"The limitations on the fund have made this notion a total joke," Alan Gurvey said. "In fact, the people who may take advantage of it are most likely not the ones where it will make any difference."
Published on 06/10/2015 by WorkCompCentral, authored by Greg Jones
The California Department of Industrial Relations has made $865,000 in supplemental payments to injured workers since it launched the return-to-work program created by Senate Bill 863 in April.
As of June 1, the DIR had received 233 applications for the one-time payment of $5,000, of which 37 were denied either because the person was injured before Jan. 1, 2013, or the application was incomplete, according to department spokesman Peter Melton.
Rules adopted by the DIR, which started accepting online applications for payments April 13, require an injured worker to receive the Supplemental Job Displacement Benefit voucher for an injury sustained on or after Jan. 1, 2013, to be eligible for payment from the fund.
Numbers provided by the department also show that it is deciding eligibility more quickly than required. The department's rules require it to determine whether a worker is eligible within 60 days of receiving a completed application and to issue payments within 25 days of making that decision.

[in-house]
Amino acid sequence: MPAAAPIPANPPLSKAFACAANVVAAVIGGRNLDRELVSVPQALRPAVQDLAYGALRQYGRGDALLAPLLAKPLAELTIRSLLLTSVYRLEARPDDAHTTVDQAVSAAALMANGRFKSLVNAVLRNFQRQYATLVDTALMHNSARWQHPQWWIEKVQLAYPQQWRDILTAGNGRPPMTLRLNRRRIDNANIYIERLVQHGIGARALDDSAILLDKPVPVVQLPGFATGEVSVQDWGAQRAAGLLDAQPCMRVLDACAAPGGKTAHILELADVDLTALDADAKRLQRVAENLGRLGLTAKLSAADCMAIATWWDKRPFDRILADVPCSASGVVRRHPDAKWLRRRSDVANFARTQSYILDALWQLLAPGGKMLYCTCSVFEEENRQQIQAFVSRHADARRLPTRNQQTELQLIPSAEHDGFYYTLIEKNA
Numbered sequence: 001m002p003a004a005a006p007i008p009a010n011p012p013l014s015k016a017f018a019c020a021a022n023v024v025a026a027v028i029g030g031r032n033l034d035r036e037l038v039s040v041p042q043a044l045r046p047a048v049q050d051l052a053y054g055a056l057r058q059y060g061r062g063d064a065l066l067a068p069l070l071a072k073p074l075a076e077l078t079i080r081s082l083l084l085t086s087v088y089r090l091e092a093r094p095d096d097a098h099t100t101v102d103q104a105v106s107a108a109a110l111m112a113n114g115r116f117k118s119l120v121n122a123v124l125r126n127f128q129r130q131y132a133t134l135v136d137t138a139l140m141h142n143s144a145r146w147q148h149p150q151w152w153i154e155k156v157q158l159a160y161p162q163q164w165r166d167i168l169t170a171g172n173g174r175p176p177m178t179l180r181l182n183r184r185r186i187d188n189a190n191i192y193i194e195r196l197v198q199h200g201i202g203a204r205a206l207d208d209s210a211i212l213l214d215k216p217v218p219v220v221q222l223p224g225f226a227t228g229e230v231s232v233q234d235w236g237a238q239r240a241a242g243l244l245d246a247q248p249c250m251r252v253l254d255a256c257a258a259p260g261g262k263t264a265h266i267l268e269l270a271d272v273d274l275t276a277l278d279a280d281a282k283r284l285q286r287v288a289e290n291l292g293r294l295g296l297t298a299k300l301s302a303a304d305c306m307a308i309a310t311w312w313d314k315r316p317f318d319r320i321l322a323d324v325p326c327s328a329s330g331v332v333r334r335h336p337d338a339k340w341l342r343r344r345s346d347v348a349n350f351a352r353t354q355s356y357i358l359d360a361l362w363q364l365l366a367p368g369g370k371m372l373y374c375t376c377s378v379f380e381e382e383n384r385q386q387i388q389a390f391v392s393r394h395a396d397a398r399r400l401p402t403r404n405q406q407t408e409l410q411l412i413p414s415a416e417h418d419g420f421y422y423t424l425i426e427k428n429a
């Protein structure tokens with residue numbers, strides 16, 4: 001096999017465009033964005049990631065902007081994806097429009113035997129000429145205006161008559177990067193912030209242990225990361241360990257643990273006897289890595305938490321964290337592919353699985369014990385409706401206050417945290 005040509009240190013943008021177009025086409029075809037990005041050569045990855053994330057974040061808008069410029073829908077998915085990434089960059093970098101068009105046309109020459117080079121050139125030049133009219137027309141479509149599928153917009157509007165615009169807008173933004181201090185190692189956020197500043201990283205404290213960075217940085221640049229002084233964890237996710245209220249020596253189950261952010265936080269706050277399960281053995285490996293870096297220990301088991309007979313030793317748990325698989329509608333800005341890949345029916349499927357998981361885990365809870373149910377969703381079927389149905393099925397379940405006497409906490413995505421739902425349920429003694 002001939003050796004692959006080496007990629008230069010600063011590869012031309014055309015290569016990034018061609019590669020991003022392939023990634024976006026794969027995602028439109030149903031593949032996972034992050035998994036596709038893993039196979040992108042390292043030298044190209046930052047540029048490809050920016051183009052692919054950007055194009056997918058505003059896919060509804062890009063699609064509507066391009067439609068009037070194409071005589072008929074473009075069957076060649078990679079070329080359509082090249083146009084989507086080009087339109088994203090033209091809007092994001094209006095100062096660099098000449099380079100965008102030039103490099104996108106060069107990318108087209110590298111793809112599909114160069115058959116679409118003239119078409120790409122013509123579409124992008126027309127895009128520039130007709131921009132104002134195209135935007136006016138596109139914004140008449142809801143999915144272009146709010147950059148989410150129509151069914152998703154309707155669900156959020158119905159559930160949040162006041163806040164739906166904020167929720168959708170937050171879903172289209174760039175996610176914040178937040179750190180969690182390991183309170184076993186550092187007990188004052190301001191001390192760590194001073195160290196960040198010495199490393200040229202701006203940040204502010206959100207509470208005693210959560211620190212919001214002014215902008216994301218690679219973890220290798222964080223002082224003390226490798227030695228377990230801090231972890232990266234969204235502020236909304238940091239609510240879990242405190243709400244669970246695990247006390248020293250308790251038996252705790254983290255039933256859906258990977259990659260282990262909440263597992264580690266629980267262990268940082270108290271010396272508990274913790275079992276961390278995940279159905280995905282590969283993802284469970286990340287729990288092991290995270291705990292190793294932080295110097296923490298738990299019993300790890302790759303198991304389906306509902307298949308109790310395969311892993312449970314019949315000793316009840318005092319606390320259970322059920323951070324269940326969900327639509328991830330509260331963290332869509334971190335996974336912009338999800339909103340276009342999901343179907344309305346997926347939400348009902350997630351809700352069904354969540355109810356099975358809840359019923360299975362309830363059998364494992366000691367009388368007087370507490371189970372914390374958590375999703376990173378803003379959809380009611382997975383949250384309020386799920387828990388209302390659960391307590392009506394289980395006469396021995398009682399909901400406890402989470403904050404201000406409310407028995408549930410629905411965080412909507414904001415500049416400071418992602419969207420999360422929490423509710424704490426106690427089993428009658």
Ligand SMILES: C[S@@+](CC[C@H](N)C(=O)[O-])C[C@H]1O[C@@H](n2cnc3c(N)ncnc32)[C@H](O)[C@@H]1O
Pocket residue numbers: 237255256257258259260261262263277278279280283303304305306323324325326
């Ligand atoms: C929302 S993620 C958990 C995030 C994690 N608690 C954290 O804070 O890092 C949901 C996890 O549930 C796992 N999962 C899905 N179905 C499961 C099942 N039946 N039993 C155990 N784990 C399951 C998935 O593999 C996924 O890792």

Under those timelines, the latest a determination could have been made on an application submitted on the first day is June 12, and the latest a payment would be made is July 7.
But Melton said the DIR already issued checks to 173 workers who were eligible for payments.
Melton said the DIR devoted resources to getting checks to injured workers as quickly as possible by building the online portal to apply for payments, installing kiosks at Division of Workers' Compensation district offices so workers without the Internet at home can still apply, and having staff available to assist injured workers.
Melton said the number of eligible applications increased from 22 in the first week to 36 in the final week of May. At this point, the DIR can't predict the number of workers who will apply in the coming months, he said.
That the DIR has paid nearly $1 million from the fund over the first seven weeks of operation would appear to be good news, but applicants' attorneys said they have concerns about the program.